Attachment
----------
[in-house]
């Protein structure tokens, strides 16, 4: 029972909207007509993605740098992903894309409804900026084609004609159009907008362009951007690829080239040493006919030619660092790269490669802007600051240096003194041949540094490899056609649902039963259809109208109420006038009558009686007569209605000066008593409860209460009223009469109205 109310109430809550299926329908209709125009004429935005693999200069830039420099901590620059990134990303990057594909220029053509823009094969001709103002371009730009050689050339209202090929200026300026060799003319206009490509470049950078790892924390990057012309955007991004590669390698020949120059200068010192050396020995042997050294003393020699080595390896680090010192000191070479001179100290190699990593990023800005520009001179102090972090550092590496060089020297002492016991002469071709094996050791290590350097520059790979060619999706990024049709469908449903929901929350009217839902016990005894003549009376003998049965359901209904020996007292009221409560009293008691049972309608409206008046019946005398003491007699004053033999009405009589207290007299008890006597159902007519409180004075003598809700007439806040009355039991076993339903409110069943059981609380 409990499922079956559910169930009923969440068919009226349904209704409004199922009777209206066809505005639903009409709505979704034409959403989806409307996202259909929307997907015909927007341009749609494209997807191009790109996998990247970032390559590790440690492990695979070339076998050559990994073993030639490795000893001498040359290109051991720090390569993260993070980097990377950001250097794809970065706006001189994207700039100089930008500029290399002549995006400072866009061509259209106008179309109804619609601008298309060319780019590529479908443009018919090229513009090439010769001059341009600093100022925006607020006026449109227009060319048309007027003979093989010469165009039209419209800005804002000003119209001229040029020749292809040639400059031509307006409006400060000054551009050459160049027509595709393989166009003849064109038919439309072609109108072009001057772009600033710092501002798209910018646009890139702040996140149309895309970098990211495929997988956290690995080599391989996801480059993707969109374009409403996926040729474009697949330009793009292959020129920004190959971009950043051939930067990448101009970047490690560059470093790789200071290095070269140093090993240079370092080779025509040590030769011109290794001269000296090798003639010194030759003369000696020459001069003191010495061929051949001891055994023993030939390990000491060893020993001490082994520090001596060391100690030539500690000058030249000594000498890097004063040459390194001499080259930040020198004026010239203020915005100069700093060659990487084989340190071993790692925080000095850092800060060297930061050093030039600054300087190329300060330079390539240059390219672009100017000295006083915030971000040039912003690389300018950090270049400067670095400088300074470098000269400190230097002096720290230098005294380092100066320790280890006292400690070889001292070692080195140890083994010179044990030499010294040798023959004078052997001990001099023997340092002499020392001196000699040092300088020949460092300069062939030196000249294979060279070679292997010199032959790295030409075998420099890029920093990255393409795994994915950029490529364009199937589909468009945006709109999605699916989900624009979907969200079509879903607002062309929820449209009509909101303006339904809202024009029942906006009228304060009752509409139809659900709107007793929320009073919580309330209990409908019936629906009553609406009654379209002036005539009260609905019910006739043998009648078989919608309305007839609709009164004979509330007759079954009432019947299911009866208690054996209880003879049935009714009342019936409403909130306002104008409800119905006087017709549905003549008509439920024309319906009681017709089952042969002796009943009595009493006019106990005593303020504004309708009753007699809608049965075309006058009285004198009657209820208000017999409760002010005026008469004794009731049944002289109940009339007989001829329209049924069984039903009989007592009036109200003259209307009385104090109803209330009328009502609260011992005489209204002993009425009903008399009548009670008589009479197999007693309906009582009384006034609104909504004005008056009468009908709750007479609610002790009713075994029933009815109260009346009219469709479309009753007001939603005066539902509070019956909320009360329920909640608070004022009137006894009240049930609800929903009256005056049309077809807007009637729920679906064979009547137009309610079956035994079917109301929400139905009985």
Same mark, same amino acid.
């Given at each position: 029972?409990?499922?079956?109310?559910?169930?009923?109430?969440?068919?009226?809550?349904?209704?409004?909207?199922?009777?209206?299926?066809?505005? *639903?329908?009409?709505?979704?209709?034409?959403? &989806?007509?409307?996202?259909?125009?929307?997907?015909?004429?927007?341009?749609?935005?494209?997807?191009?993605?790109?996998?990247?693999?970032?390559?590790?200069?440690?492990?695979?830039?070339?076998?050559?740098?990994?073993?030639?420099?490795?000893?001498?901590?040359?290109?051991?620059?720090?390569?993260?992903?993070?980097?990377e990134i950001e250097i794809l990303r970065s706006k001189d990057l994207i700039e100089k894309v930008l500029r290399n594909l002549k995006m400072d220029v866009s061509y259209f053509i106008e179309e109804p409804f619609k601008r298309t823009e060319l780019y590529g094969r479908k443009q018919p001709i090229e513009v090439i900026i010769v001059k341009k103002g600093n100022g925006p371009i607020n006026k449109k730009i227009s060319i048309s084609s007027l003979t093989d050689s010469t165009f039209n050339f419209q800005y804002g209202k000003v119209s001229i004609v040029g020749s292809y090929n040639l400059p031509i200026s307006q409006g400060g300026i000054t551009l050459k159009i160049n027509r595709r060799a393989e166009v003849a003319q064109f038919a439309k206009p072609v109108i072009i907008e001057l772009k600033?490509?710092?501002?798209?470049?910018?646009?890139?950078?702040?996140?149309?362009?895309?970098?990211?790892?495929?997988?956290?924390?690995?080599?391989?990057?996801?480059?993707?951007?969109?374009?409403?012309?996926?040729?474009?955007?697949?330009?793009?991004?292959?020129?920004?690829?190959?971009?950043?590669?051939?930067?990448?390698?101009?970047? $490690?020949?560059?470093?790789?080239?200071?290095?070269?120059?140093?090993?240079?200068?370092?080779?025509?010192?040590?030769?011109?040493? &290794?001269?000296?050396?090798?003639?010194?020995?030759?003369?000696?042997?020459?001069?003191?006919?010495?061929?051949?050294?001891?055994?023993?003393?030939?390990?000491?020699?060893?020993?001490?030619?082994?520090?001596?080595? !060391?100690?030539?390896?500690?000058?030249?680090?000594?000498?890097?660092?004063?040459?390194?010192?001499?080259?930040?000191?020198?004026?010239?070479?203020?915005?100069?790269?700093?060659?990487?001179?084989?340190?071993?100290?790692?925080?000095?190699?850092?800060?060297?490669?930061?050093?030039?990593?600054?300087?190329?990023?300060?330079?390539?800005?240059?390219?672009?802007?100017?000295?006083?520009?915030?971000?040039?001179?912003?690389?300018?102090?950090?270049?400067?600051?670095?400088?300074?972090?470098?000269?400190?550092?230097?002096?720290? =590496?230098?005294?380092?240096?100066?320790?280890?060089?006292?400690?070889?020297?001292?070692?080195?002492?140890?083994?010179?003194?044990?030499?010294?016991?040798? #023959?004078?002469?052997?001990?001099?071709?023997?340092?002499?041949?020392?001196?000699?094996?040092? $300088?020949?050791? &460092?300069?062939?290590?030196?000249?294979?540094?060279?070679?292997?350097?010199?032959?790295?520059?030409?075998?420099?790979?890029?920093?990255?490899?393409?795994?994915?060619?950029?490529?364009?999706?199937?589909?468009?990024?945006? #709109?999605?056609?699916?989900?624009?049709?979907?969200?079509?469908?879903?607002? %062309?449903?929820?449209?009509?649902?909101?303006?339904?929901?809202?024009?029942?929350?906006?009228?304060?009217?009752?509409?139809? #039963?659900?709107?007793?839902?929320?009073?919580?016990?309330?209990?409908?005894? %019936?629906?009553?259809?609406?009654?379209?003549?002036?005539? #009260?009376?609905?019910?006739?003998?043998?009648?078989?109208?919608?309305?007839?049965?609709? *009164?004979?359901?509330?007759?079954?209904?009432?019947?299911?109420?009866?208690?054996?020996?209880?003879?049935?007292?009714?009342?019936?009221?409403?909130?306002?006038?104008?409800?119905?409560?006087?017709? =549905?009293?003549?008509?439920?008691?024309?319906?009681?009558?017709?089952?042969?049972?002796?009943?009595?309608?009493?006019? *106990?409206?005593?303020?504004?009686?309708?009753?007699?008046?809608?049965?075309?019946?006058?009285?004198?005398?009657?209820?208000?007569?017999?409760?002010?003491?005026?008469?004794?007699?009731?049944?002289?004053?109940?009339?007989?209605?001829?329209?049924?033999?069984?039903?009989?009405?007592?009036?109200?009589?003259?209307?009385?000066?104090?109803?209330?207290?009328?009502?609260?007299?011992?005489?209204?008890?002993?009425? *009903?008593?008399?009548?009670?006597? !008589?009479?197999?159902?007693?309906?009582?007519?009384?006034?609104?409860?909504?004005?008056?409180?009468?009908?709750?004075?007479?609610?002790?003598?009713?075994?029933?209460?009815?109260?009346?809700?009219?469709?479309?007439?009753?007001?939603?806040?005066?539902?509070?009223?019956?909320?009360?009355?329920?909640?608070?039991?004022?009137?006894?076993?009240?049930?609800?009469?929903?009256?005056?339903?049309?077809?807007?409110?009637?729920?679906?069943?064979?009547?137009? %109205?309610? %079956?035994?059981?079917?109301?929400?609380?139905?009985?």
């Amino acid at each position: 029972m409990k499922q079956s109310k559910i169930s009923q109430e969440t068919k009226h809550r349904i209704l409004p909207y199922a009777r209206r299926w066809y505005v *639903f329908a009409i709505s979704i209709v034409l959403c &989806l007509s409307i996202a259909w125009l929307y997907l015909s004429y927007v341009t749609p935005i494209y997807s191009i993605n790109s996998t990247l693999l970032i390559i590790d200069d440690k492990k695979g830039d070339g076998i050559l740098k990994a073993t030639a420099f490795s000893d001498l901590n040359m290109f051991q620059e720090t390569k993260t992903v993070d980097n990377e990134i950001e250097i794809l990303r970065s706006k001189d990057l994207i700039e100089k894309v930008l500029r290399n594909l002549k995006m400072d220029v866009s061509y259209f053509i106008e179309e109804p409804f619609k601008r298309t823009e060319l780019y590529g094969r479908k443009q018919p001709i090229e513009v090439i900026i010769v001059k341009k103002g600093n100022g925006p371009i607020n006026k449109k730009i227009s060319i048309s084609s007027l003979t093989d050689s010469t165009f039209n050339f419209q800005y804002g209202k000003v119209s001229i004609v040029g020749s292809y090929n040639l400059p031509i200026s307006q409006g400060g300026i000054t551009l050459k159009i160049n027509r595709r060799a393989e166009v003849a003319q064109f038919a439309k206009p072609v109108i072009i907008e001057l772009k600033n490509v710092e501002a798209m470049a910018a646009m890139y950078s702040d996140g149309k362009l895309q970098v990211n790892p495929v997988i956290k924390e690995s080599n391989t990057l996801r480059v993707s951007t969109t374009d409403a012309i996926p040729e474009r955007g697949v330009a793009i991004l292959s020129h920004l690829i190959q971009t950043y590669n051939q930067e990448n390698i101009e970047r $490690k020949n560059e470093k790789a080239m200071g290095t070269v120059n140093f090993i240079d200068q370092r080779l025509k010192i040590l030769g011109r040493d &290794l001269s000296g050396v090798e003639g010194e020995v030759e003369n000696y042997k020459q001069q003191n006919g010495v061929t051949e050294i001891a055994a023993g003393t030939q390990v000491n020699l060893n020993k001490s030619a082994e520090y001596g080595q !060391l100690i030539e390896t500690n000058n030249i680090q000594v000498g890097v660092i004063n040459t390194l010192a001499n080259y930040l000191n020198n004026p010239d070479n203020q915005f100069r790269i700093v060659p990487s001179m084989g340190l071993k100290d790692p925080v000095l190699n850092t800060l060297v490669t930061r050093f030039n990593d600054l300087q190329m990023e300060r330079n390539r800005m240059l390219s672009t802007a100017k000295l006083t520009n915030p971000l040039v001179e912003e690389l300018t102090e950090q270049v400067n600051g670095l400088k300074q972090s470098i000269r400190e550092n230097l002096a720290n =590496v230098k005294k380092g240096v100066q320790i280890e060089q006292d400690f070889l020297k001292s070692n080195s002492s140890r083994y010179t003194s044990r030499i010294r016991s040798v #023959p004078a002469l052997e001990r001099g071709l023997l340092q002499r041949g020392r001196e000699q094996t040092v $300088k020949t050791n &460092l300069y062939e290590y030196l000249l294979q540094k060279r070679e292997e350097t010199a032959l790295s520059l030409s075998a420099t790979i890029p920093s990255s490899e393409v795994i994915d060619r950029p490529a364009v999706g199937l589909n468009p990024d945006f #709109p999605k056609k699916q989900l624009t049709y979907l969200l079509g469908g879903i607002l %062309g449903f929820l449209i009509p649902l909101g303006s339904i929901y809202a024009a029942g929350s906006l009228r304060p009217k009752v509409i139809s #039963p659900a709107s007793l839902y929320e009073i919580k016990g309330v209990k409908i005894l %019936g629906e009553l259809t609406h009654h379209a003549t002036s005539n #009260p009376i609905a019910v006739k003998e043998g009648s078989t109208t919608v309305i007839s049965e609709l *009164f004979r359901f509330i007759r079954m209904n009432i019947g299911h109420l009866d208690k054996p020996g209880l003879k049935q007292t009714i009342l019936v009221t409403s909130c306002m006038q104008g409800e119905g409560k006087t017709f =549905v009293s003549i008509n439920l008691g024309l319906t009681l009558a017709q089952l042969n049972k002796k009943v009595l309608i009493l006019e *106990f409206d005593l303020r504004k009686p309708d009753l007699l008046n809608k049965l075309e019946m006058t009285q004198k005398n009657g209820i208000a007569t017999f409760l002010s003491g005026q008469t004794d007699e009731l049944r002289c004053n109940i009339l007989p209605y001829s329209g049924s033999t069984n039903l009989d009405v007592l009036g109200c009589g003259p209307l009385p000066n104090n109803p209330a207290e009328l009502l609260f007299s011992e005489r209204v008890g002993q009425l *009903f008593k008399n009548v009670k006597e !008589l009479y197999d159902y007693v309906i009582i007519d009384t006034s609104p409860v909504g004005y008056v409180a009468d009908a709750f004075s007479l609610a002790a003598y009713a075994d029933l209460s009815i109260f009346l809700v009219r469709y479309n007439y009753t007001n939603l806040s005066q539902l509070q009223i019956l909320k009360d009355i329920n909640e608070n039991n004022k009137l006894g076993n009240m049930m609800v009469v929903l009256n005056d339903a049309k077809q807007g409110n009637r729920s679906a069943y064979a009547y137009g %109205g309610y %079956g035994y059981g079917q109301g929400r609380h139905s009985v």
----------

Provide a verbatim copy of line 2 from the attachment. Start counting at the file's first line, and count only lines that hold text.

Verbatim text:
């Protein structure tokens, strides 16, 4: 029972909207007509993605740098992903894309409804900026084609004609159009907008362009951007690829080239040493006919030619660092790269490669802007600051240096003194041949540094490899056609649902039963259809109208109420006038009558009686007569209605000066008593409860209460009223009469109205 109310109430809550299926329908209709125009004429935005693999200069830039420099901590620059990134990303990057594909220029053509823009094969001709103002371009730009050689050339209202090929200026300026060799003319206009490509470049950078790892924390990057012309955007991004590669390698020949120059200068010192050396020995042997050294003393020699080595390896680090010192000191070479001179100290190699990593990023800005520009001179102090972090550092590496060089020297002492016991002469071709094996050791290590350097520059790979060619999706990024049709469908449903929901929350009217839902016990005894003549009376003998049965359901209904020996007292009221409560009293008691049972309608409206008046019946005398003491007699004053033999009405009589207290007299008890006597159902007519409180004075003598809700007439806040009355039991076993339903409110069943059981609380 409990499922079956559910169930009923969440068919009226349904209704409004199922009777209206066809505005639903009409709505979704034409959403989806409307996202259909929307997907015909927007341009749609494209997807191009790109996998990247970032390559590790440690492990695979070339076998050559990994073993030639490795000893001498040359290109051991720090390569993260993070980097990377950001250097794809970065706006001189994207700039100089930008500029290399002549995006400072866009061509259209106008179309109804619609601008298309060319780019590529479908443009018919090229513009090439010769001059341009600093100022925006607020006026449109227009060319048309007027003979093989010469165009039209419209800005804002000003119209001229040029020749292809040639400059031509307006409006400060000054551009050459160049027509595709393989166009003849064109038919439309072609109108072009001057772009600033710092501002798209910018646009890139702040996140149309895309970098990211495929997988956290690995080599391989996801480059993707969109374009409403996926040729474009697949330009793009292959020129920004190959971009950043051939930067990448101009970047490690560059470093790789200071290095070269140093090993240079370092080779025509040590030769011109290794001269000296090798003639010194030759003369000696020459001069003191010495061929051949001891055994023993030939390990000491060893020993001490082994520090001596060391100690030539500690000058030249000594000498890097004063040459390194001499080259930040020198004026010239203020915005100069700093060659990487084989340190071993790692925080000095850092800060060297930061050093030039600054300087190329300060330079390539240059390219672009100017000295006083915030971000040039912003690389300018950090270049400067670095400088300074470098000269400190230097002096720290230098005294380092100066320790280890006292400690070889001292070692080195140890083994010179044990030499010294040798023959004078052997001990001099023997340092002499020392001196000699040092300088020949460092300069062939030196000249294979060279070679292997010199032959790295030409075998420099890029920093990255393409795994994915950029490529364009199937589909468009945006709109999605699916989900624009979907969200079509879903607002062309929820449209009509909101303006339904809202024009029942906006009228304060009752509409139809659900709107007793929320009073919580309330209990409908019936629906009553609406009654379209002036005539009260609905019910006739043998009648078989919608309305007839609709009164004979509330007759079954009432019947299911009866208690054996209880003879049935009714009342019936409403909130306002104008409800119905006087017709549905003549008509439920024309319906009681017709089952042969002796009943009595009493006019106990005593303020504004309708009753007699809608049965075309006058009285004198009657209820208000017999409760002010005026008469004794009731049944002289109940009339007989001829329209049924069984039903009989007592009036109200003259209307009385104090109803209330009328009502609260011992005489209204002993009425009903008399009548009670008589009479197999007693309906009582009384006034609104909504004005008056009468009908709750007479609610002790009713075994029933009815109260009346009219469709479309009753007001939603005066539902509070019956909320009360329920909640608070004022009137006894009240049930609800929903009256005056049309077809807007009637729920679906064979009547137009309610079956035994079917109301929400139905009985």